My own opinion is probably a bit skewed since I am familiar with the old World of Coca-Cola that was built in the early 90s. When they closed the old one, they began advertising how much bigger and better the new location would be, so I made my first visit with high expectations. It’s certainly bigger, but other than the addition of the miniature bottling line, I didn’t feel it was a substantial improvement over the old one. There were actually some elements in the old one that probably should have been retained in the new location, but weren’t. For example, they had a replica soda fountain where an employee dressed as a soda jerk would tell about the significance of soda fountains in Coke’s early history, and he would demonstrate how Cokes were originally manually mixed and dispensed prior to the automatic dispensers we use today. It’s not rocket science, but it’s interesting to people who grew up in the post-soda fountain age, and I think it adds a personal element as well when you get to interact with the employees. And while I can truly appreciate Coca-Cola’s marketing genius, I personally would have liked to see more space devoted to the history of some of their beverages. I’ve always thought it would be great idea to have a small display about the New Coke fiasco as well. Although it’s now known as a huge marketing failure, I’m sure the story could be spun in such a way to emphasize how the company realized their error and gave their customers what they wanted in the end. They could even include New Coke as one of the samples in the Taste It room. So overall, I’d probably have to say the World of Coca-Cola was a bit of a disappointment to me as well. But having said that, they do have some good exhibits, and I still think it deserves a visit, especially for someone new to Atlanta or someone who is the slightest bit interested in Coca-Cola.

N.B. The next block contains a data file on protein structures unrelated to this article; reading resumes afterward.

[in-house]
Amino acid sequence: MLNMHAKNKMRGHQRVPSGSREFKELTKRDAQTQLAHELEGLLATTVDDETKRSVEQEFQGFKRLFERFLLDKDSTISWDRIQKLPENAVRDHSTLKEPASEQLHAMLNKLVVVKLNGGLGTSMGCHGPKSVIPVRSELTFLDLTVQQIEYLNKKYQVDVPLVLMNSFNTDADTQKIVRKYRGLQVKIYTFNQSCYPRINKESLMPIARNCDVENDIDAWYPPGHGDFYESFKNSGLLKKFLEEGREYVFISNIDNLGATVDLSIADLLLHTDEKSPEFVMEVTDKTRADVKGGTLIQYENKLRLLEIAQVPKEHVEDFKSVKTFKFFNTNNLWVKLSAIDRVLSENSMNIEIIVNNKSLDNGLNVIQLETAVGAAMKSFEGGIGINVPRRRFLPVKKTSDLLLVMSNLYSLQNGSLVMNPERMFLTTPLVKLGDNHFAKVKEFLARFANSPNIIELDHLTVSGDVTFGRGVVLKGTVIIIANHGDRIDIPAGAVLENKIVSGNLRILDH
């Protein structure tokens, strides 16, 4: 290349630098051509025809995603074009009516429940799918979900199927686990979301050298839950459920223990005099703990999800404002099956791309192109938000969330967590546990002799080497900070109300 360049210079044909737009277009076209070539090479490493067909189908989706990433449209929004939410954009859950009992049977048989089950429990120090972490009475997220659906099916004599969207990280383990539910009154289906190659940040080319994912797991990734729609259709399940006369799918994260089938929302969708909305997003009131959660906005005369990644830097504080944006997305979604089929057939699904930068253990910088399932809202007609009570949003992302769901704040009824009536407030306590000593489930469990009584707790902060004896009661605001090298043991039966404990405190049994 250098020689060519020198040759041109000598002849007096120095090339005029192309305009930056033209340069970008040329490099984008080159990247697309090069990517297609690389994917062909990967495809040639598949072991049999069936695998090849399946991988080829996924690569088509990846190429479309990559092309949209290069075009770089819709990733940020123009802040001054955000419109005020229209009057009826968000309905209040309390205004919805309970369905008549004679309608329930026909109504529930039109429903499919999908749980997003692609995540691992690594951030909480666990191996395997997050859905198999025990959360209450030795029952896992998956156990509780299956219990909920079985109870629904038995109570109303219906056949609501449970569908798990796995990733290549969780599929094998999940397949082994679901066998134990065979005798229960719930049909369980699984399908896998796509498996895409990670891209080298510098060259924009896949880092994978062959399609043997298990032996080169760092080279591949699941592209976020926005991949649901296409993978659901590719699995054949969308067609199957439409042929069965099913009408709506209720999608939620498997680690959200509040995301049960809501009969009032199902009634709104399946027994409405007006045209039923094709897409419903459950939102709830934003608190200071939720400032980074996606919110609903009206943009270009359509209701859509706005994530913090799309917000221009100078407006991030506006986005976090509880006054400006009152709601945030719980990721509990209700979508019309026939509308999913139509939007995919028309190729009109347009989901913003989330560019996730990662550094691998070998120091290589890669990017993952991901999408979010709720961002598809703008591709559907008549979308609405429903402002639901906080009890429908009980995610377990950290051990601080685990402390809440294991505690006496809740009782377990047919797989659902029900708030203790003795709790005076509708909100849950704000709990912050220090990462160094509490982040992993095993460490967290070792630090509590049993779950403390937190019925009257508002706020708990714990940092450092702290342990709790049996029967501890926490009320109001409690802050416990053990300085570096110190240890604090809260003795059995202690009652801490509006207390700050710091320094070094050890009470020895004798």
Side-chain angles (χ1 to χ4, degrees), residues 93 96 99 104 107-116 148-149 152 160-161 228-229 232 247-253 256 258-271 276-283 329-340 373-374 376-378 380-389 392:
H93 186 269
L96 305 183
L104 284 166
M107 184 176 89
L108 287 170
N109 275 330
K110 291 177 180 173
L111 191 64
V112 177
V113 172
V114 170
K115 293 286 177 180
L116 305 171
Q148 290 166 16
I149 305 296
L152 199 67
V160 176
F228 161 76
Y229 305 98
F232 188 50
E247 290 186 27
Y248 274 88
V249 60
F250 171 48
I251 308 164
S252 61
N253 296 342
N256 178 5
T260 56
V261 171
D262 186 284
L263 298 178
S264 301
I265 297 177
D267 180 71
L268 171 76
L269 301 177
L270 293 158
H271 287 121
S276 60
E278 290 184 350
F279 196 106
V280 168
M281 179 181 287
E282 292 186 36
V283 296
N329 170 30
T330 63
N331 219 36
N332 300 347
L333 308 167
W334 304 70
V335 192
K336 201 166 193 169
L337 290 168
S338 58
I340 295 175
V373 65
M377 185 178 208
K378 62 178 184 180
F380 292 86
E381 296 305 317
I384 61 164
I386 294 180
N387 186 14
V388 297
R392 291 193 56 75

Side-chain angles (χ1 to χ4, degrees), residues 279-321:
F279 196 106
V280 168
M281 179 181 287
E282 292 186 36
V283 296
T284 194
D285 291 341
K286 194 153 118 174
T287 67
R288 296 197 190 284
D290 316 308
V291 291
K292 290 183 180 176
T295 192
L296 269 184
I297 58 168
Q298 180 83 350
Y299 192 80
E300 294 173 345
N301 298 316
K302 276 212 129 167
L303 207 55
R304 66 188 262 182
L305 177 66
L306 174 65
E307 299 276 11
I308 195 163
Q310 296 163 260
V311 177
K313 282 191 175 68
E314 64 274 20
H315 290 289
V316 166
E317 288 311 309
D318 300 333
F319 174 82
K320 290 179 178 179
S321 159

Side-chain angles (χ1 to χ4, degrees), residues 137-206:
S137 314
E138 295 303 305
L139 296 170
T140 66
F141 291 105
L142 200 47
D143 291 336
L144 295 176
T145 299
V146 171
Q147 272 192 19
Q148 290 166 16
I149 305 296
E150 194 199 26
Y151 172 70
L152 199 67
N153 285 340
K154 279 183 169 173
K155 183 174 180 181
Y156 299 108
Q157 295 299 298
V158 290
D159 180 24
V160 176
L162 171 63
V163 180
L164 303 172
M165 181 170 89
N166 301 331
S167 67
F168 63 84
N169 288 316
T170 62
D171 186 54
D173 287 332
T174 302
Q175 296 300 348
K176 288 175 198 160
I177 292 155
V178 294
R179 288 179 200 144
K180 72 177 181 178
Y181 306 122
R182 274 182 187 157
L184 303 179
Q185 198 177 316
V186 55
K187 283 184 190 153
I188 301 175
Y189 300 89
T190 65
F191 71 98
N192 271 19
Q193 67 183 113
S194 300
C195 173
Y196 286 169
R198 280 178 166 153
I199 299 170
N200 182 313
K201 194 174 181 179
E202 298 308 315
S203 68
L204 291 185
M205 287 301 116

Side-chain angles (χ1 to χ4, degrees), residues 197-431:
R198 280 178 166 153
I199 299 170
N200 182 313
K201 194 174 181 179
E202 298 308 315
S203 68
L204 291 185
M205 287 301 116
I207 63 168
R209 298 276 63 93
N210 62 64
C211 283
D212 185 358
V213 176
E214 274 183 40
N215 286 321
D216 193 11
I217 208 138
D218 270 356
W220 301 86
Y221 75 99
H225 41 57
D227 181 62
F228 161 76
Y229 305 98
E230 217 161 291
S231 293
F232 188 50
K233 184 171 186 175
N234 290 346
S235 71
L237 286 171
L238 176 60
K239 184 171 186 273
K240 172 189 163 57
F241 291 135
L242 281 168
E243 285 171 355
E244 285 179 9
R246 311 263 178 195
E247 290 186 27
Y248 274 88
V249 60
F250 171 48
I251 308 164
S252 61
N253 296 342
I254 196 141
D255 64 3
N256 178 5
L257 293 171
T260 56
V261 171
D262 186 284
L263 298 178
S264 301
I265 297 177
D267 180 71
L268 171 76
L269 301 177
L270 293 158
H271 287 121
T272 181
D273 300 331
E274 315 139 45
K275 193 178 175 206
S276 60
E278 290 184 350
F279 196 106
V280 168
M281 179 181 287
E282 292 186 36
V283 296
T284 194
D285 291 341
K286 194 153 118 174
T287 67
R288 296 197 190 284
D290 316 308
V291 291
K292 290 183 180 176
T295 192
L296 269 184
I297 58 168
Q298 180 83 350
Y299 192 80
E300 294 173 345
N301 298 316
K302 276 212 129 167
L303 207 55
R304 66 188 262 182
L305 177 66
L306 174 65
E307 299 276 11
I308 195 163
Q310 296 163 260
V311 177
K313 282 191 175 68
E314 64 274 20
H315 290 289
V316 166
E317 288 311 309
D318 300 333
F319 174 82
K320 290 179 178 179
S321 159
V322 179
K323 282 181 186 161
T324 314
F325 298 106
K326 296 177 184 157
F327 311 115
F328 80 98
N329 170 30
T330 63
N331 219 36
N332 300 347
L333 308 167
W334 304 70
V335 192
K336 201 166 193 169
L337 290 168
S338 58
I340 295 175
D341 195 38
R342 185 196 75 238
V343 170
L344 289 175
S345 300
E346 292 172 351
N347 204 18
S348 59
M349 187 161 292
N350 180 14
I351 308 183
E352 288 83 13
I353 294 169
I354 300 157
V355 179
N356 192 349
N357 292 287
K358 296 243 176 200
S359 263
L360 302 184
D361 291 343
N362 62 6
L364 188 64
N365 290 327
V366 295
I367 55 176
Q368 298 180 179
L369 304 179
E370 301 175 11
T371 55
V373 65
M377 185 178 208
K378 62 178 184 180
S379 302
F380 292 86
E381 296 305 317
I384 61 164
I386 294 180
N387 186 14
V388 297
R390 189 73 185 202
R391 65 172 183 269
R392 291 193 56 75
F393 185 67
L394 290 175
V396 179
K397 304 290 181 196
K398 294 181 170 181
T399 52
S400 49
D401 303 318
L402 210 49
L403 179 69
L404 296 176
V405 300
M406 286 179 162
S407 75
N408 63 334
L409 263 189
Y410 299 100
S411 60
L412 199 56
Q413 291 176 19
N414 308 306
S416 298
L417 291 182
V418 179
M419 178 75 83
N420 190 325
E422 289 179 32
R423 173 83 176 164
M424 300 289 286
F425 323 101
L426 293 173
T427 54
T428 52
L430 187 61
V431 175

Reply
        • Tom Bricker
          Tom Bricker says:

          Thanks for the insight. I think both your proposals are solid (I don’t know how sodas were manually mixed, mostly because I’ve never given it any thought). I wonder why that soda fountain wasn’t kept?

          As for the New Coke fiasco, it always surprises me how companies want to hide their well known, negative pasts. It’s not like that would in any way reflect negatively on the current marketing team at Coke, and I think taking a ‘warts and all’ approach lends credibility to the positive things you have to say about your own brand, especially in this case, where poking fun at themselves certainly wouldn’t hurt current public perception.

          Maybe New Coke is still a sore subject for Coca-Cola?